Presently, New York is heavily dependent on natural gas. In 2018, the fuel was used to generate roughly 35 percent of electricity consumed in the state, according to data from the federal Energy Information Administration. The state had 4.5 million residential natural gas consumers in 2019, a 2-percent increase from 2014.
But state officials and regulators, with urging from environmental and social justice groups, have taken steps to transition the state away from natural gas and other fossil fuels. A 2019 state law set an aggressive goal for New York to reduce its carbon emissions to at least 85 percent below 1990 levels by 2050. It also calls for 70 percent of energy consumed in the state to come from renewable sources by 2040.
State regulators recently rejected a downstate natural gas pipeline proposal partly on the grounds that it was in conflict with the state’s energy and emissions goals. They also cited its potential to degrade water quality, a justification they’d used to nix other pipeline proposals over the past few years.
Although natural gas is a cleaner fuel than coal or oil, it is still a fossil fuel that contributes to climate change and, for that reason, its use needs to end as quickly as possible, said Abby McHugh-Grifa, executive director of the Rochester People’s Climate Coalition, which in late October changed its name to the Climate Solutions Accelerator of the Genesee-Finger Lakes Region.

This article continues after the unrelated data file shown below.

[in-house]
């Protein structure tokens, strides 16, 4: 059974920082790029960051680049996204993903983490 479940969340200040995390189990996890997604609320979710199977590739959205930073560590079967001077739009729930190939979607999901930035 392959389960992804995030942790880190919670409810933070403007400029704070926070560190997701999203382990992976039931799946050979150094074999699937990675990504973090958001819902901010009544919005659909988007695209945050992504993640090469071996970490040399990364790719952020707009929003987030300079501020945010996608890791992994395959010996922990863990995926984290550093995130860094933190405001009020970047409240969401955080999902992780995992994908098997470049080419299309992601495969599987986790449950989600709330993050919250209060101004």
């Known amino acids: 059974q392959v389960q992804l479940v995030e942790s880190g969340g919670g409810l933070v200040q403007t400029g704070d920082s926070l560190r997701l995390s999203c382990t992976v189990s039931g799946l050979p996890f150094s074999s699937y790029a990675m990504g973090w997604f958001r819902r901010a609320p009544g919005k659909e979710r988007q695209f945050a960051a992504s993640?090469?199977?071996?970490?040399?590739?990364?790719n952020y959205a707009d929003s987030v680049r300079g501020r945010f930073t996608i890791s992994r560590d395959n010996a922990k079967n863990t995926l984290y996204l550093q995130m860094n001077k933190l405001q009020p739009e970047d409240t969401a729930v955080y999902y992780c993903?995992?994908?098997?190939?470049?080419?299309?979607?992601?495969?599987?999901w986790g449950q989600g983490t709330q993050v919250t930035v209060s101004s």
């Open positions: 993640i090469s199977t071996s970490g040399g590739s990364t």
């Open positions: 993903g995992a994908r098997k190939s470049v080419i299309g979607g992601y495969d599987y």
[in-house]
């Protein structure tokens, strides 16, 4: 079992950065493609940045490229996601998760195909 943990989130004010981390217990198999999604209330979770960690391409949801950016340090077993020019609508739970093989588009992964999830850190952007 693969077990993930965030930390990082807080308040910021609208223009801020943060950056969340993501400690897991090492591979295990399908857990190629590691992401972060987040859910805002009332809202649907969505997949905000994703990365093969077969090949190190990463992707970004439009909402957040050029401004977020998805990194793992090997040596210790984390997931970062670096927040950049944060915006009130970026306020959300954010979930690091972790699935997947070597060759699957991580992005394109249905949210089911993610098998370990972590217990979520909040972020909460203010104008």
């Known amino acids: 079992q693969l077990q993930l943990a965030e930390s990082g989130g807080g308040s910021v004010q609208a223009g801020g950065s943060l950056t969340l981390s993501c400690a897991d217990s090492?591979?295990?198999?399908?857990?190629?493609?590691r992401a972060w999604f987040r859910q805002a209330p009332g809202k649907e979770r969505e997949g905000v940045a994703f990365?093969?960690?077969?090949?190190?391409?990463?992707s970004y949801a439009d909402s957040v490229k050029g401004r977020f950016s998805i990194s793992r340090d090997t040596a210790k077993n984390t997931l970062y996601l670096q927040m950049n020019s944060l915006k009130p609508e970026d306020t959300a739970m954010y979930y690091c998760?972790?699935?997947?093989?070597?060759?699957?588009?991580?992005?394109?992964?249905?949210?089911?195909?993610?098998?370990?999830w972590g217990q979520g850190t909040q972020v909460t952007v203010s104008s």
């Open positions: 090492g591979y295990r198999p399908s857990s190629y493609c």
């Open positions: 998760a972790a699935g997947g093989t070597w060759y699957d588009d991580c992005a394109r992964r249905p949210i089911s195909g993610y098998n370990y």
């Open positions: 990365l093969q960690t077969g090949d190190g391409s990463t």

“I do personally find the bomb train idea alarming,” McHugh-Grifa said. “But in the scheme of things, what I find even more alarming is that we are continuing to contribute to the problem of climate change which has much greater implications over both the short and long term for our communities.”
EXECUTIVE ORDER CLEARED THE WAYThe new federal rule stems from an April 2019 executive order from President Donald Trump which called for federal agencies to rewrite rules to allow trains to haul liquefied natural gas in bulk.
The DCReport.org, a Trump administration watchdog media outlet founded by Rochester-based journalist David Cay Johnston, reported that the regulation financially benefits an energy company founded by Wes Edens, the co-founder of the Fortress Investment Group hedge fund that helped loan the Trump Organization $130 to build the Trump International Hotel and Tower in Chicago in 2005.
Until now, there have only been a few places around the country where trains have been allowed to carry liquefied natural gas, and, as the NTSB noted in its objections to the rule, that was only under a special permit from the Pipeline and Hazardous Materials Safety Administration and with a tank that met Federal Railroad Administration approval.